South Carolina

Rotting bananas trigger protest for diversity at Clemson

  • Clemson University graduate student A.D. Carson stands with other students during a sit-in protest about diversity at Sikes Hall on Monday, April 18, 2016, in Clemson, SC. Students have spent a week at Sikes Hall, calling for Clemson to be more diverse. (AP Photo/Jeffrey Collins)

    Clemson University graduate student A.D. Carson stands with other students during a sit-in protest about diversity at Sikes Hall on Monday, April 18, 2016, in Clemson, SC. Students have spent a week at Sikes Hall, calling for Clemson to be more diverse. (AP Photo/Jeffrey Collins)  (The Associated Press)

  • Clemson University students stage a sit-in protest calling for more diversity on Monday, April 18, 2016, in Clemson, SC. Students have spent a week at Sikes Hall. (AP Photo/Jeffrey Collins)

    Clemson University students stage a sit-in protest calling for more diversity on Monday, April 18, 2016, in Clemson, SC. Students have spent a week at Sikes Hall. (AP Photo/Jeffrey Collins)  (The Associated Press)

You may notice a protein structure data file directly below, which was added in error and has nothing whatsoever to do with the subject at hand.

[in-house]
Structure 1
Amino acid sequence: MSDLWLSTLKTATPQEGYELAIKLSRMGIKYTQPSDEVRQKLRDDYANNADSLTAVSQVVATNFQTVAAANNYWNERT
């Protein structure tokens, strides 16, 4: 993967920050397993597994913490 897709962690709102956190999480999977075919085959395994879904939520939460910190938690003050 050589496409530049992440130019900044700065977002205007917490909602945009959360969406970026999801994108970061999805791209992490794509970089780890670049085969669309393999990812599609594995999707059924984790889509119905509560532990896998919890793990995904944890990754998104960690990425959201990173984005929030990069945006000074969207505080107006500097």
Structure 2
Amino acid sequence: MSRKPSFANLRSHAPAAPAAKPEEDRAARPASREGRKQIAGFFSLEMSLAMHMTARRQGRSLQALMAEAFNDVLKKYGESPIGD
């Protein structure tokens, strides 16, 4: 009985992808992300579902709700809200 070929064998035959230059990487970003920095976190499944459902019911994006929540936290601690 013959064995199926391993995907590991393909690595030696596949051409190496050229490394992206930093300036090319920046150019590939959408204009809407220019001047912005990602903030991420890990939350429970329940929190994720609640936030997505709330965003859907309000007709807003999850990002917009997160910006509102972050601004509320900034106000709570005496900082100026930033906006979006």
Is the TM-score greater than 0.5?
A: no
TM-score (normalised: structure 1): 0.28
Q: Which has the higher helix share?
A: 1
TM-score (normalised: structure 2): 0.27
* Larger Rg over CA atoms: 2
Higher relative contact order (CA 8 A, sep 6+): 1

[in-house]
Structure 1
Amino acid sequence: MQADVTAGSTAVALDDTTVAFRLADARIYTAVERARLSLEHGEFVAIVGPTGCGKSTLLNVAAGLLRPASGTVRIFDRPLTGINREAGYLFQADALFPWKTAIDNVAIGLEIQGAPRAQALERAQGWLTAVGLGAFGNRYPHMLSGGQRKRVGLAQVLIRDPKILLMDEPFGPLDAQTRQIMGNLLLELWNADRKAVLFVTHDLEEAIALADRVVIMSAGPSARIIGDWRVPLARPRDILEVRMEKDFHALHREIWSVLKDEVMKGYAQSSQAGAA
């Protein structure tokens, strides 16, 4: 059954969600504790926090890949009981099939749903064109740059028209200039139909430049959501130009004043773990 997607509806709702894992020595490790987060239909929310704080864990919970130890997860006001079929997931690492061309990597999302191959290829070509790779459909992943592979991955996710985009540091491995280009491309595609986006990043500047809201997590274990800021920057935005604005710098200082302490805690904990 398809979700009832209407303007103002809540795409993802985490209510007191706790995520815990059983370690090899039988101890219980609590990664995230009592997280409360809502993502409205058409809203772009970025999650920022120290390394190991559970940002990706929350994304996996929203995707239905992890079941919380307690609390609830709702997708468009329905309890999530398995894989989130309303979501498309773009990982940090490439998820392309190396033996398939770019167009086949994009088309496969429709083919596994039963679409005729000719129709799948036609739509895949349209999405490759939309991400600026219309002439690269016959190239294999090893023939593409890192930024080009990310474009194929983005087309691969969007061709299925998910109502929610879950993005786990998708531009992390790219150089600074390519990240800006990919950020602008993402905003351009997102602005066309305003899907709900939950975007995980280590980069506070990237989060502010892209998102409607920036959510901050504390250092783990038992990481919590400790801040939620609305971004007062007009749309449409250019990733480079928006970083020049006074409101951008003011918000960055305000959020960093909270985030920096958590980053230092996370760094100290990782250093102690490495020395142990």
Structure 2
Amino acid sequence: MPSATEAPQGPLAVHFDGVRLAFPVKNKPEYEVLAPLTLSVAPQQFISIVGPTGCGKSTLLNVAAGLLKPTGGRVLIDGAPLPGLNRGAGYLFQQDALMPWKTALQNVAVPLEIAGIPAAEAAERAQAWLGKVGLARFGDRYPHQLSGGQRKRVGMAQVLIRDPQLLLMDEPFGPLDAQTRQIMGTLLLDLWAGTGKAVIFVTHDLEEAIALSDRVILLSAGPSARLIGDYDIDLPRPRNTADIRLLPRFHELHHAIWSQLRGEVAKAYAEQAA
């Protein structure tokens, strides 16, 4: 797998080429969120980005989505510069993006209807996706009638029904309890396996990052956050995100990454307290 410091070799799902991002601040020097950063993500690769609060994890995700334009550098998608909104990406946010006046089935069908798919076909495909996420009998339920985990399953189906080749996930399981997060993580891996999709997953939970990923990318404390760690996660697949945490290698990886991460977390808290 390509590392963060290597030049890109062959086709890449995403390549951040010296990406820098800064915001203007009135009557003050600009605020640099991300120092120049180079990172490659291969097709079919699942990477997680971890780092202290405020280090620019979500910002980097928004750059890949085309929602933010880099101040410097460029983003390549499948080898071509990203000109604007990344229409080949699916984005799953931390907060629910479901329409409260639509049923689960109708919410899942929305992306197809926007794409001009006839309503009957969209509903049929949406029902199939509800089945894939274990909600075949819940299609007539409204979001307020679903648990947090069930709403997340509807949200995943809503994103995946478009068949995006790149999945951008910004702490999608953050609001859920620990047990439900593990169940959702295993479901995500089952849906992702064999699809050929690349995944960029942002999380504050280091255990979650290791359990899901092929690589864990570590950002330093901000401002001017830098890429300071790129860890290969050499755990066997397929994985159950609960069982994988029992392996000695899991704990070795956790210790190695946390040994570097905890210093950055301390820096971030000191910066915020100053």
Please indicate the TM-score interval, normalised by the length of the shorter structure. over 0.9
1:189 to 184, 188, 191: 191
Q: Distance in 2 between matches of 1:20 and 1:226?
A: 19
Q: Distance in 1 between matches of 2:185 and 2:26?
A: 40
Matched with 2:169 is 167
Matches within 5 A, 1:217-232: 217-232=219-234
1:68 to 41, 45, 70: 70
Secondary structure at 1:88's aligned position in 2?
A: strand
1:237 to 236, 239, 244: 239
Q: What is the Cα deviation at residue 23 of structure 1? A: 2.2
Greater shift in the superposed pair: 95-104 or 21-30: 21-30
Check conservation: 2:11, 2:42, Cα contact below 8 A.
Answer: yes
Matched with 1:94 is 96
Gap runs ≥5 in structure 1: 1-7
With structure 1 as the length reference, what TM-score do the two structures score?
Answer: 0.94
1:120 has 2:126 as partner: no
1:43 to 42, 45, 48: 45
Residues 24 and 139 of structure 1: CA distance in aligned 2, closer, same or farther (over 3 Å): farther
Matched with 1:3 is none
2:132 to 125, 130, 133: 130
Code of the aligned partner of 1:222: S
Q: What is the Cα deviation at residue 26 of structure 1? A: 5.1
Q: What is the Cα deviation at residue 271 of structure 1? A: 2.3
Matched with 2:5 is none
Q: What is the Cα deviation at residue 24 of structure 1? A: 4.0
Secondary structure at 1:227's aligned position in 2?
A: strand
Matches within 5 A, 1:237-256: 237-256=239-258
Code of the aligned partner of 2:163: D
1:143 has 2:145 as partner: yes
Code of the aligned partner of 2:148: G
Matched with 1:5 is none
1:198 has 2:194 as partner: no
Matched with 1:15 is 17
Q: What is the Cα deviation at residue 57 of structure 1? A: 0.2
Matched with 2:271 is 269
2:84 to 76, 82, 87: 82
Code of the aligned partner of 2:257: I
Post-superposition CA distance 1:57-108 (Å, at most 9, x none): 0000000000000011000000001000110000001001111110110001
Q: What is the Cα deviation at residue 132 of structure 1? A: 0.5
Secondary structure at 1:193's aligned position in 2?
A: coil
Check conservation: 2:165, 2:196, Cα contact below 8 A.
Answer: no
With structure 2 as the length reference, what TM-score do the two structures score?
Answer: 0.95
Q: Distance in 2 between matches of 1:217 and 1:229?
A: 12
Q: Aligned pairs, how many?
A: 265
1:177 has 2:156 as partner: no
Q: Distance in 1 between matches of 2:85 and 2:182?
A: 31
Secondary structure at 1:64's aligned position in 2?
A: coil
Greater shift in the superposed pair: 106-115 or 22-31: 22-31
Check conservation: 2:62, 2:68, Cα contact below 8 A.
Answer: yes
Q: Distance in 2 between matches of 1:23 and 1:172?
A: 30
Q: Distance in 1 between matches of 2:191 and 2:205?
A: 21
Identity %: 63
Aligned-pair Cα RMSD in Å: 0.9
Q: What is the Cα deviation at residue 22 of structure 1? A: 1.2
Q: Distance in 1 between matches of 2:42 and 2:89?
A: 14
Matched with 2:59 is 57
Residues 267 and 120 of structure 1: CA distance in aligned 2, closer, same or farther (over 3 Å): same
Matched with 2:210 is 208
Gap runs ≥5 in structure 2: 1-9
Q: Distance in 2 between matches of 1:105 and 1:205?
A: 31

• Clemson University junior political science major Rae-Nessha White, left, talks to other students during a sit-in protest about diversity on Monday, April 18, 2016, in Clemson, SC. Students have spent a week at Sikes Hall, calling for Clemson to be more diverse. (AP Photo/Jeffrey Collins)

    Clemson University junior political science major Rae-Nessha White, left, talks to other students during a sit-in protest about diversity on Monday, April 18, 2016, in Clemson, SC. Students have spent a week at Sikes Hall, calling for Clemson to be more diverse. (AP Photo/Jeffrey Collins)  (The Associated Press)

After rotting bananas were hung from an African-American history banner on campus, some students at Clemson University have spent the past week in a sit-in protest calling for more diversity.

The #SikesSitIn demonstration started April 13 at the university's administration building. It continues Wednesday.

Black students say racism frequently raises its head, with offensive messages left on the anonymous social media application Yik Yak and white fraternity boys dressing as black gang members at a "Cripmas" party.

Just 6 percent of Clemson students are black in a state where nearly a third of the people are African-American.

Clemson insists it's aware of the problem. The school is giving more money in scholarships for minorities and to recruit minority faculty. It also hired a chief diversity officer who started Monday.